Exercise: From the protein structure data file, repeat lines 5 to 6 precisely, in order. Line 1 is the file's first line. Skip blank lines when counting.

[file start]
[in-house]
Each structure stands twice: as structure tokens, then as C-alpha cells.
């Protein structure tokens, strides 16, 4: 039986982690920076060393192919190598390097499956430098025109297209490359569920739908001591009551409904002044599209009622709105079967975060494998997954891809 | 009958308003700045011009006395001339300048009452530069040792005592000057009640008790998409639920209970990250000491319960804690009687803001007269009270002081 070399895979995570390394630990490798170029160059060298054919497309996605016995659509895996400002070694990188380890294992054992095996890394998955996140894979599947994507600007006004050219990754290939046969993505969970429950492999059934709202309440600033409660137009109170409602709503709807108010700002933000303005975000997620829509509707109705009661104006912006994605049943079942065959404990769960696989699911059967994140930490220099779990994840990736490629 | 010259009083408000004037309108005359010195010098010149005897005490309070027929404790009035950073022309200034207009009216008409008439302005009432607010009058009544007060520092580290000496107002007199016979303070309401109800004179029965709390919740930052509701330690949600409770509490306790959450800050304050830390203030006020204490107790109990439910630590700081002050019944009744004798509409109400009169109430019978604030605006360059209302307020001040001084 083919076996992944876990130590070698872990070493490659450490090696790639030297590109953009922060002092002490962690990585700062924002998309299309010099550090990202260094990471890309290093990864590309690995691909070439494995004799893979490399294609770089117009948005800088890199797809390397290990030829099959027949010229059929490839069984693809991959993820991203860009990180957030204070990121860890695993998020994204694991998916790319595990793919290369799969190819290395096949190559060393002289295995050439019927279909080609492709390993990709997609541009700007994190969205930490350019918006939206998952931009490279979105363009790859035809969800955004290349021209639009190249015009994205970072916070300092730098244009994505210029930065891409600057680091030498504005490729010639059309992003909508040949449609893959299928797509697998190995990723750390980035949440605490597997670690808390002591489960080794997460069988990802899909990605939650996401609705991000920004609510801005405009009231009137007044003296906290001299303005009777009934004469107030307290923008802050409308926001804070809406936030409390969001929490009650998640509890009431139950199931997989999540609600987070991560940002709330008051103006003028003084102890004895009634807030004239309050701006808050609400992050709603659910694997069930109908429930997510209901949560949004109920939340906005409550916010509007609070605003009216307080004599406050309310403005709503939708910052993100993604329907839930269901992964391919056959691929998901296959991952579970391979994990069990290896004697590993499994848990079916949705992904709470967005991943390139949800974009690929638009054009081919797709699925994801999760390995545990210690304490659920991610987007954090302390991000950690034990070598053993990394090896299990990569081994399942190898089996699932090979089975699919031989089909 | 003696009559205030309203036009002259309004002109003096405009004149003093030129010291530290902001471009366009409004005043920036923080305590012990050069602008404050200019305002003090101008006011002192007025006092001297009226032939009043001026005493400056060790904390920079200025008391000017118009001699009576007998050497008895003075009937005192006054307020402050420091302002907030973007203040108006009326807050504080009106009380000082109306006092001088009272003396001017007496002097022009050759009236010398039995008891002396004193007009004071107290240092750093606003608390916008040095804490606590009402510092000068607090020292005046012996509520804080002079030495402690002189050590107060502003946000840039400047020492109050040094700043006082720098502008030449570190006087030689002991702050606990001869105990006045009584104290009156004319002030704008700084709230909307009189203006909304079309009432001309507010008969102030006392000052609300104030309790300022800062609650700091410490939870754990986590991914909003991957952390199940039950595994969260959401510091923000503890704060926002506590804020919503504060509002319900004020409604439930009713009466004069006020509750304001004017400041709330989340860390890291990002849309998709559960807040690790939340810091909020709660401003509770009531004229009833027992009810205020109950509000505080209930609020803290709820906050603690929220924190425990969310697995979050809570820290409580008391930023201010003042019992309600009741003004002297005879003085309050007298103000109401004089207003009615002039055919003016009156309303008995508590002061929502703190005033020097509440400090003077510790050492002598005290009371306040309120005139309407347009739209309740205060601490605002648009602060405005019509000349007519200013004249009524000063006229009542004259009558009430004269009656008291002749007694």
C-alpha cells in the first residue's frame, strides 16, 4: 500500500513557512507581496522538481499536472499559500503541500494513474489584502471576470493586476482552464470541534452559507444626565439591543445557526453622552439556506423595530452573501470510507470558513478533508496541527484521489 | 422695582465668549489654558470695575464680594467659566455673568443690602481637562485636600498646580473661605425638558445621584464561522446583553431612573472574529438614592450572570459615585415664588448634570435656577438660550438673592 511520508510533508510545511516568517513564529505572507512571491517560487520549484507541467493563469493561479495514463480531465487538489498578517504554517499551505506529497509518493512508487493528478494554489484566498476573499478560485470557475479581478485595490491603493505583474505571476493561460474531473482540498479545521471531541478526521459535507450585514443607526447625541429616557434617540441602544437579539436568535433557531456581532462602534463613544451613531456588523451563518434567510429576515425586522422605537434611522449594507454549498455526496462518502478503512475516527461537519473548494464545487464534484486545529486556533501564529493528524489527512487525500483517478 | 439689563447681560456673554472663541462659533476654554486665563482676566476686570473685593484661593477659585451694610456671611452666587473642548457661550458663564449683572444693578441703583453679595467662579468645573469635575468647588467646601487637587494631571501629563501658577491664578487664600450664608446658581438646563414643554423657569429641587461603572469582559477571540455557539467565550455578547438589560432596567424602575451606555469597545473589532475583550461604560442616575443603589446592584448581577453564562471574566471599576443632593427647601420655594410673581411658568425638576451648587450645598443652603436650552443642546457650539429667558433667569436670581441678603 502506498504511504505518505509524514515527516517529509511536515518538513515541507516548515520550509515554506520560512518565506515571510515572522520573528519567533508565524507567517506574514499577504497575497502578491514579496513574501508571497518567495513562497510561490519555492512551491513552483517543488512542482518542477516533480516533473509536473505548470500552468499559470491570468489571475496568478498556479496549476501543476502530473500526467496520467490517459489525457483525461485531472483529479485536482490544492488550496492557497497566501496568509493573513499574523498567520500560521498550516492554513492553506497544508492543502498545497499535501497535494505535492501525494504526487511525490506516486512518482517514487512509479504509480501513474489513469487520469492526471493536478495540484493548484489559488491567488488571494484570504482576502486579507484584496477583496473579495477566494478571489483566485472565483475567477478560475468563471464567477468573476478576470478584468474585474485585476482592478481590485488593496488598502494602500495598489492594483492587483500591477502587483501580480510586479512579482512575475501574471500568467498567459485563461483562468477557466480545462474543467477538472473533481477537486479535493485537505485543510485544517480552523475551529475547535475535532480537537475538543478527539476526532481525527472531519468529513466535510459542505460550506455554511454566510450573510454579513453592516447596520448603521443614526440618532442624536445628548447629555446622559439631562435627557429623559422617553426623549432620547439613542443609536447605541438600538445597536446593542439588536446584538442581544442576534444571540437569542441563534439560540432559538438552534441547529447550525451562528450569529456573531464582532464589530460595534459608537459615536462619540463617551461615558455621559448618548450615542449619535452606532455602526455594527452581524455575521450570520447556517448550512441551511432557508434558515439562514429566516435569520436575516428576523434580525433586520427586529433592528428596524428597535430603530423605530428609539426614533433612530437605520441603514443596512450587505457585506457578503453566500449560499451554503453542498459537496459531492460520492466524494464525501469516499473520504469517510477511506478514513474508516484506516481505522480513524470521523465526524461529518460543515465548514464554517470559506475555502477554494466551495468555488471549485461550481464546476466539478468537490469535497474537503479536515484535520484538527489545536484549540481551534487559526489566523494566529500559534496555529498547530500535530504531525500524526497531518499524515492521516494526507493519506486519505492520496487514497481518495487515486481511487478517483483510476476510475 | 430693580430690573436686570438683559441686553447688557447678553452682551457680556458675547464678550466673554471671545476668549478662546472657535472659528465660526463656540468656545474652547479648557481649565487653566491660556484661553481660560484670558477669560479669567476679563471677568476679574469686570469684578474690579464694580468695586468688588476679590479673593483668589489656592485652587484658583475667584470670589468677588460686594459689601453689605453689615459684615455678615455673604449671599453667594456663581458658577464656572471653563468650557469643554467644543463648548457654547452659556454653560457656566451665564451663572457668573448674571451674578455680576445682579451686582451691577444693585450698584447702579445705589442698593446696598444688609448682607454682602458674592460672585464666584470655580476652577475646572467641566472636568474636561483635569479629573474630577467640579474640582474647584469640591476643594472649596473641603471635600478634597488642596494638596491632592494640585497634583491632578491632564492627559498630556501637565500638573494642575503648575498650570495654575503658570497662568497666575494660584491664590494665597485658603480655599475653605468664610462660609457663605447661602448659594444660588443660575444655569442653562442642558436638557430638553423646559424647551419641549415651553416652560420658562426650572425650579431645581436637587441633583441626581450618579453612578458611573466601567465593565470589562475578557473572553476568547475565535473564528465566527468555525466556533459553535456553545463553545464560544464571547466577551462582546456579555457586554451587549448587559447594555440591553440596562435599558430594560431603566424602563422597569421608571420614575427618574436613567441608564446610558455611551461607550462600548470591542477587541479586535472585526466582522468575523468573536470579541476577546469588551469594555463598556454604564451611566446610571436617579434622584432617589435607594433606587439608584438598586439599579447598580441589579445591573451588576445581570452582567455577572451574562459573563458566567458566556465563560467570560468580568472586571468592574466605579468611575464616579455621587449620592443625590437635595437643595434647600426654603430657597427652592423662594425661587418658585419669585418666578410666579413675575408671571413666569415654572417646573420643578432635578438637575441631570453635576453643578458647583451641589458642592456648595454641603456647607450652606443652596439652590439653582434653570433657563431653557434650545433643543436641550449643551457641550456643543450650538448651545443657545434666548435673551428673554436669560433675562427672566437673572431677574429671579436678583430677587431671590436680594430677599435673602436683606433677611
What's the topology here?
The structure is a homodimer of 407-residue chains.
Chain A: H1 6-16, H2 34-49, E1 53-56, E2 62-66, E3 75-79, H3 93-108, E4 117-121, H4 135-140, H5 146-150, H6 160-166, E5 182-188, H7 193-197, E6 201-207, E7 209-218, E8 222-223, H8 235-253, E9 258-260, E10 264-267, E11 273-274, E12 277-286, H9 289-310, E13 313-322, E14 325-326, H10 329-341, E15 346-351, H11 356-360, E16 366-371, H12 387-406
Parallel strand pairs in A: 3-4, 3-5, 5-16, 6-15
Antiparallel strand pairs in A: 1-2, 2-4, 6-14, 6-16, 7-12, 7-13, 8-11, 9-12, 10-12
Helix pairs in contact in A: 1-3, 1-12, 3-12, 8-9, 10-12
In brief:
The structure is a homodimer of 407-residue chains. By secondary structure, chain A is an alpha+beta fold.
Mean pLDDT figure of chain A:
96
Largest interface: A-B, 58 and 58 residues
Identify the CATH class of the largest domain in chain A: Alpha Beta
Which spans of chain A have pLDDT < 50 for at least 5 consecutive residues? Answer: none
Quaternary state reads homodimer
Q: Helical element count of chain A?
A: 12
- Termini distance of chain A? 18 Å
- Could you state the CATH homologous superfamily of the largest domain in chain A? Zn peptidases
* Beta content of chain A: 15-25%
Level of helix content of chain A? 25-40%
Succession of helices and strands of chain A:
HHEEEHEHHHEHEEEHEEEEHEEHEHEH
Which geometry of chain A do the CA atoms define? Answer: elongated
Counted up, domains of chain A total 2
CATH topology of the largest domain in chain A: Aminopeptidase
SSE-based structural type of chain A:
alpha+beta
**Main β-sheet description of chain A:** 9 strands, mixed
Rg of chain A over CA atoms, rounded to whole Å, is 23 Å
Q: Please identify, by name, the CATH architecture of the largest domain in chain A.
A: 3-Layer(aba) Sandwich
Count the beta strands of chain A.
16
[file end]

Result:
What's the topology here?
The structure is a homodimer of 407-residue chains.